- Create a manufacturing overhead budget
Well, we are working through these budgets, but now we got to an interesting one. There is more that goes in to the production of our shoes that just the raw materials and the people working. We have equipment and small supplies, as well as repairs and utilities. These things can get costly, so we need to make sure we are on top of them as we work through this budget.
Manufacturing overhead includes all the costs of production other than labor and raw materials. This can include some variable and some fixed components.
Variable manufacturing overhead is based on direct labor hours. This can include things like electricity, production supplies, such as needles for the machines that sew together the shoe components and other miscellaneous items needed to produce the shoes.
Fixed manufacturing overhead includes depreciation on the equipment, rent or mortgage on the facility and costs to process purchase orders, customer calls and such. There may come a point where the current facility, equipment or customer reps can’t handle the volume. If this occurs, the fixed costs may change. For our purposes, let’s assume that the current facility and equipment can handle the budgeted output!
So let’s assume our variable manufacturing overhead to be $3 per labor hour. Let’s further assume our monthly fixed manufacturing overhead is $2050 per month. So, included in our fixed overhead is $500 of depreciation. Remember depreciation is not a cash outlay, so we can deduct it from our total manufacturing overhead for cash purposes. We will talk more about that when we get to our cash budget in a bit.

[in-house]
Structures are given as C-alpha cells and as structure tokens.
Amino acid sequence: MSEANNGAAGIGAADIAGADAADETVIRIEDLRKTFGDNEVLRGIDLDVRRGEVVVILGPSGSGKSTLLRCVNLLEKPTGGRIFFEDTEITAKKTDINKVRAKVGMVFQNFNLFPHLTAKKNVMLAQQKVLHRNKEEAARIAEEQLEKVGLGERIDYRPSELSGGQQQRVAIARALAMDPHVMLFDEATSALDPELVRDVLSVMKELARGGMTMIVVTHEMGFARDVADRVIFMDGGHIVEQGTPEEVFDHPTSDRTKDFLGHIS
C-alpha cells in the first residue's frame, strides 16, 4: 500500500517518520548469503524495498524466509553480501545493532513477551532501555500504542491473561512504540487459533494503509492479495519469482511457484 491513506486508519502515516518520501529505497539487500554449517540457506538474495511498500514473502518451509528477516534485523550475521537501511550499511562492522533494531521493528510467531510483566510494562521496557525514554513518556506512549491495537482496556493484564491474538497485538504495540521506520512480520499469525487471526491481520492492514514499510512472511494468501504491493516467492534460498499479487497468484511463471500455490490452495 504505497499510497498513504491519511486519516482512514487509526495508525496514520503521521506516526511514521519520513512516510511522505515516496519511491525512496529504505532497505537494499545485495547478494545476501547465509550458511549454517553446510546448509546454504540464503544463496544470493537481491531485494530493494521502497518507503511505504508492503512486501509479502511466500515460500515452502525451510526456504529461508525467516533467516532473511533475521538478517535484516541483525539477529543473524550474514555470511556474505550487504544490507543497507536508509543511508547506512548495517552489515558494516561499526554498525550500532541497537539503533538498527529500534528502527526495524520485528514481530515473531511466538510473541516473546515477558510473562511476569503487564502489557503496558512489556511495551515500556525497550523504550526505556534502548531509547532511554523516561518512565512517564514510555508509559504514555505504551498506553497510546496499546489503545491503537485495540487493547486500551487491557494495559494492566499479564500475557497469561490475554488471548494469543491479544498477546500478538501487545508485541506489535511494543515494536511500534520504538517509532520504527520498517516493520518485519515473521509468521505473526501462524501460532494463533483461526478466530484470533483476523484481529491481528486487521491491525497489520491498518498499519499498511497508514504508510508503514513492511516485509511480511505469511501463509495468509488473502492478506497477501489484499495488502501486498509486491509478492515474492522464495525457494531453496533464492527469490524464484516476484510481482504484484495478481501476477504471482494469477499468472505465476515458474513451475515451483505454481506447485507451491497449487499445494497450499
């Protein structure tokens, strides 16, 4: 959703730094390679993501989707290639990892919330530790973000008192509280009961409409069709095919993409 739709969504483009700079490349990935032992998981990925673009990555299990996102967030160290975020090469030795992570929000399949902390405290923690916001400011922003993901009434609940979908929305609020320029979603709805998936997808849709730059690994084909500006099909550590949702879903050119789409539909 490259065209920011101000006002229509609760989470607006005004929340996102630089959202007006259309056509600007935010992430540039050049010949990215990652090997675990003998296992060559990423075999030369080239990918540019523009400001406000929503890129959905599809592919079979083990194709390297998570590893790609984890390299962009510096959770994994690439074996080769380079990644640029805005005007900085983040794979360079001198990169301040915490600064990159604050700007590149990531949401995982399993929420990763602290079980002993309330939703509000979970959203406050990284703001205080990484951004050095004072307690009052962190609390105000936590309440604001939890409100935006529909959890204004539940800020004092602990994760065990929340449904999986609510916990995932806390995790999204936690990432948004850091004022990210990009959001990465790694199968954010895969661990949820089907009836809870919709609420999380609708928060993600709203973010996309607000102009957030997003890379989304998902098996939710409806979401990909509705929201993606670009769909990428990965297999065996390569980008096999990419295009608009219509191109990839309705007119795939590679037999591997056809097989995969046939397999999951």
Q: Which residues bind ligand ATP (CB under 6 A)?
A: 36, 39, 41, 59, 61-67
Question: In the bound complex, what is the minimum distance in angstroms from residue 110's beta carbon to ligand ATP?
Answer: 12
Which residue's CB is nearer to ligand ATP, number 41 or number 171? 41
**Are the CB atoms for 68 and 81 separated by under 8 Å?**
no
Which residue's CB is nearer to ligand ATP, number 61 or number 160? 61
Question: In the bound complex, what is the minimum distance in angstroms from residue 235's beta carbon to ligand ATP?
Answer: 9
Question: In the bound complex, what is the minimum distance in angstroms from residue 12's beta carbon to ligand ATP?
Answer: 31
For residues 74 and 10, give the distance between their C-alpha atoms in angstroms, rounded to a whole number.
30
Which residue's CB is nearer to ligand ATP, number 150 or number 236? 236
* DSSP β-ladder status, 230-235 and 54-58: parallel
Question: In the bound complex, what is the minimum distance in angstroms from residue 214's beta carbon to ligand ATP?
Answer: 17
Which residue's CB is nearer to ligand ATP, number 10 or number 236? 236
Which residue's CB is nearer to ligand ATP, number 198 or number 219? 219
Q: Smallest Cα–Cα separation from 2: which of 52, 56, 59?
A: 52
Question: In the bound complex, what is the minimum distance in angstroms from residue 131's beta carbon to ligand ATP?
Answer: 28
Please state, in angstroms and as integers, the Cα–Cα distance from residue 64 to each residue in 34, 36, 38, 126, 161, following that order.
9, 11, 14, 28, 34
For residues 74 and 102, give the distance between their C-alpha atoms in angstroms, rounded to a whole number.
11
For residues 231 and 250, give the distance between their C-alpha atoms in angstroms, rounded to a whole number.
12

So plugging the information above into our manufacturing overhead budget, we can come up with a predetermined overhead rate for the year. We also have figured out the cash outlay, as well as the total manufacturing overhead.
|Hupana Running Company Manufacturing Overhead Budget|
|Budgeted direct labor hours||225||250||250||300||1025|
|Variable manufacturing overhead rate||$3||$3||$3||$3||$3|
|Variable manufacturing overhead||$675||$750||$750||$900||$3,075|
|Fixed manufacturing overhead||$2,050||$2,050||$2,050||$2,050||$8,200|
|Total manufacturing overhead||$2,725||$2,800||$2,800||$2,950||$11,275|
|Cash disbursements for manufacturing overhead||$2,225||$2,300||$2,300||$2,450||$9,275|
|A. Total manufacturing overhead||$11,275|
|B. Budgeted direct labor hours||$1,052|
|Predetermined overhead rate for the year A/B||$11|
So if you look at our previous budget for direct labor, the hours shown here on our manufacturing overhead budget come directly from that budget. The variable manufacturing overhead total is simply the hours multiplied by the rate. We now have the information needed to continue moving forward in our budgeting process. We also calculated our predetermined overhead rate for the year. Since manufacturing overhead is an indirect cost, we can’t assign it to a particular product or job. Because we are using our direct labor hours as our allocation base, dividing the entire manufacturing overhead by the direct hours, gives us a dollar amount we can use, as an addition to the direct labor cost, for each hour worked.
So, as an example, our direct labor cost per hour is $20 (as you remember from our direct labor budget). We can now add the $11 per hour manufacturing overhead to each hour worked as we price our products. This is a helpful calculation to spread out those costs that we cannot directly tie to a given product. This comes in very handy when more than one product line is manufactured. So if Hupana Running Company had 12 lines of shoes with varying labor and material costs, we could use this standard amount per hour of labor to allocate all of the manufacturing overhead costs.
Okay, so now we can move on. We have all kinds of information now to complete our budgeting tasks.